By PRATCH RUJIVANAROM
IT IS important for people to make small changes in their daily lives in order to cut down on the huge amount of plastic waste being generated, according to experts involved in fighting the menace.
Thailand faces serious problems caused by plastic pollution. The country produces more than 2 million tonnes of plastic waste per year and ranks sixth among countries with the largest amount of mismanaged plastic waste.
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Public officials from the public sector and academics pointed out on Thai Environment Day yesterday that the problem of plastic pollution can be solved through behaviour adjustment and active participation by everyone, along with the proper policy support from the authorities.
Natural Resources and Environment Minister General Surasak Karnjanarat said plastic waste pollution is one of the biggest problems facing Thailand. Thai people throw away some 45 billion single-use plastic bags per year, which amounts to about 12 per cent of overall household waste nationwide.
Surasak said the government was focused on seriously addressing the problem. The Public Health Ministry have stopped distributing plastic bags in every public hospital since October, while the National Park, Wildlife and Plant Conservation Department is also planning to ban plastic bags in all 154 national parks across the country.
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He said many supermarkets and department stores across Thailand have also joined the government campaign to voluntarily refrain from distributing plastic bags on the national Environment Day.
However, despite their promises, most shops were found to be still providing their customers with plastic bags.
Jiaranai Vithidkul, a PhD student at Chulalongkorn University, said she has been avoiding plastic bags for a long time and this environmentally friendly behaviour was not as difficult as many people thought it to be.
“People usually think that giving up the use of plastic bags and adopting a low-waste lifestyle is too radical. But from my experience, I can say that there are many easy ways that urbanites like us can avoid producing unnecessary waste,” Jiaranai said.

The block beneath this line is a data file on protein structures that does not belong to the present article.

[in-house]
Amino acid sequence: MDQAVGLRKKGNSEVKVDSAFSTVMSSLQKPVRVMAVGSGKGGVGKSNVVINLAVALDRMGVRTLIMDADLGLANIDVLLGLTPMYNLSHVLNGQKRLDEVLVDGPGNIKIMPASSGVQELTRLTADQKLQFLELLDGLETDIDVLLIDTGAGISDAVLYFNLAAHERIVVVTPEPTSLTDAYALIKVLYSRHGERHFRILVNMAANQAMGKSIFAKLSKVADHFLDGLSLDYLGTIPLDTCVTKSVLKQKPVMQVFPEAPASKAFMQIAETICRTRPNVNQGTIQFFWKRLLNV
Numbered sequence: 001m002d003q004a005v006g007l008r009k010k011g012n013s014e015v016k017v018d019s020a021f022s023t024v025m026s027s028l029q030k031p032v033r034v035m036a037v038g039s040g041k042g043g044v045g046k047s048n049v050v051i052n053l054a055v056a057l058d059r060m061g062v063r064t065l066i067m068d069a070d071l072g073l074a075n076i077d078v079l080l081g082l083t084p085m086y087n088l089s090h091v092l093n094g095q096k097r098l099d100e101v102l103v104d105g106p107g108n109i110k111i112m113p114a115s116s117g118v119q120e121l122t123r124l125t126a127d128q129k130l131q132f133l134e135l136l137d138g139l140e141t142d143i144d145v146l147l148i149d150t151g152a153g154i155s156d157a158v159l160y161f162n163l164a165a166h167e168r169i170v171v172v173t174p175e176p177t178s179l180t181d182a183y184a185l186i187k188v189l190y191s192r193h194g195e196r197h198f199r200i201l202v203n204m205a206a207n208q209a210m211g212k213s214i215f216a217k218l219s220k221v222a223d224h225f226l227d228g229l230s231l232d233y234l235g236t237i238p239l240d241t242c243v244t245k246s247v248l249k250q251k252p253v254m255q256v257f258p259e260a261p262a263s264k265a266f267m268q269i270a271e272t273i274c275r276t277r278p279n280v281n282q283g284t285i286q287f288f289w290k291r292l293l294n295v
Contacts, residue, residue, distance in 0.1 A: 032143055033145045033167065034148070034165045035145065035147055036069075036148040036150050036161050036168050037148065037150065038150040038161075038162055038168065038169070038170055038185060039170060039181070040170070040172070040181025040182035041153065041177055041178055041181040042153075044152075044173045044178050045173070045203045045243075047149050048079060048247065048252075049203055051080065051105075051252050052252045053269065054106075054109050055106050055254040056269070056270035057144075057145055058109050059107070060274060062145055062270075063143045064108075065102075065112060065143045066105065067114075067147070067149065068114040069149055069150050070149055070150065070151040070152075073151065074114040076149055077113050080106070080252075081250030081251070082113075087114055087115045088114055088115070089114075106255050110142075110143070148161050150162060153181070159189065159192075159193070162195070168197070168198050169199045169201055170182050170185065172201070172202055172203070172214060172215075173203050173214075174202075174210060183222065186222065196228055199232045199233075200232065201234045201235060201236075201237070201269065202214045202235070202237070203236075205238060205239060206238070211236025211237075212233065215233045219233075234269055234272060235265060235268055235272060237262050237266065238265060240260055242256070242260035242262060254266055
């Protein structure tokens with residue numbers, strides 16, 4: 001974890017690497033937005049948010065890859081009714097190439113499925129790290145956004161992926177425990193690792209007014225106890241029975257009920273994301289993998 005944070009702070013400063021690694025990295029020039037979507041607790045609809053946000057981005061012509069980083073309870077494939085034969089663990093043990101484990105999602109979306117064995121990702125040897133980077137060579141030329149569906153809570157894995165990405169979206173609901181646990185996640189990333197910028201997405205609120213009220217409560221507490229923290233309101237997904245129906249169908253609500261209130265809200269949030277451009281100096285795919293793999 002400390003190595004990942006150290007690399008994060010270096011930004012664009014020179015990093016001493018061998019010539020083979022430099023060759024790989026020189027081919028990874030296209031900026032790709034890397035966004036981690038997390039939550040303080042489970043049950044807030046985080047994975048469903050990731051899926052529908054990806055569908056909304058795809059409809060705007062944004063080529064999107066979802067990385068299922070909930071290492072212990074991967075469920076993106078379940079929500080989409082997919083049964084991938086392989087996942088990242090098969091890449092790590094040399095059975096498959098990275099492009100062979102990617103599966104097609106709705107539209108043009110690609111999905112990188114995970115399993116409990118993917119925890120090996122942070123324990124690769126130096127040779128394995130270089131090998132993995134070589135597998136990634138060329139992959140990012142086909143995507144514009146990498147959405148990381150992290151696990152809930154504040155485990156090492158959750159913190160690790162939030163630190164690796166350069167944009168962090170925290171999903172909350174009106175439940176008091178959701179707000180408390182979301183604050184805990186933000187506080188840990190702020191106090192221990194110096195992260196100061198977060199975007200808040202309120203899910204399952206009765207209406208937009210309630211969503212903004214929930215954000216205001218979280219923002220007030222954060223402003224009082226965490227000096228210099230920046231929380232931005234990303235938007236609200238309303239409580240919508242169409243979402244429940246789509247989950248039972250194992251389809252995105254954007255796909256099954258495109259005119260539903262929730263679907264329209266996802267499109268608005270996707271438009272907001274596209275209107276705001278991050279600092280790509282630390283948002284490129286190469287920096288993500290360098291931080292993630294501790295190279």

“For example, I usually take an extra fabric bag with me all the time to carry shopping items instead of asking for a plastic bag, and when I have lunch at the university canteen, I always use stainless steel spoons and forks to eat noodles instead of single-use chopsticks.”
She said these little adjustments that she made in her daily life were very easy and if many people did the same, the outcome would be really big, as the production of a large amount of waste can be avoided.
However, she admitted that the hardest part of changing habits for a greener lifestyle was the addiction to the convenience of plastic.
“I admit that plastic makes our lives much easier and provides convenience. As we have got used to this convenience for quite a long time, it has made us feel that we cannot do without plastic, even |though before the invention of plastic we could live perfectly well without it,” Jiaranai said.
As many people still think that it is very hard and inconvenient to change their habits, she suggests that the best way to reduce plastic waste in daily life is to start with small things and go step by step.
“To stop using plastic bags at once is an unsustainable way of changing one’s habit. Everyone should find their own way to lower waste generation in their daily lives, so it suits their lifestyle,” she said.
“If you find the most suitable way for you, it will be very easy to practice and make it your new habit.”
Meanwhile, Asst Professor Pracha Khunnathamdee, a lecturer at Thammasat School of Economics, suggested that state policies to reduce plastic bag usage are not enough to tackle the country’s plastic waste problem.
Pracha pointed out that governmental support for biodegradable plastic and alternative material for goods packaging are also important to make their cost cheaper and promote them as a replacement for plastic with environmentally less-harmful materials.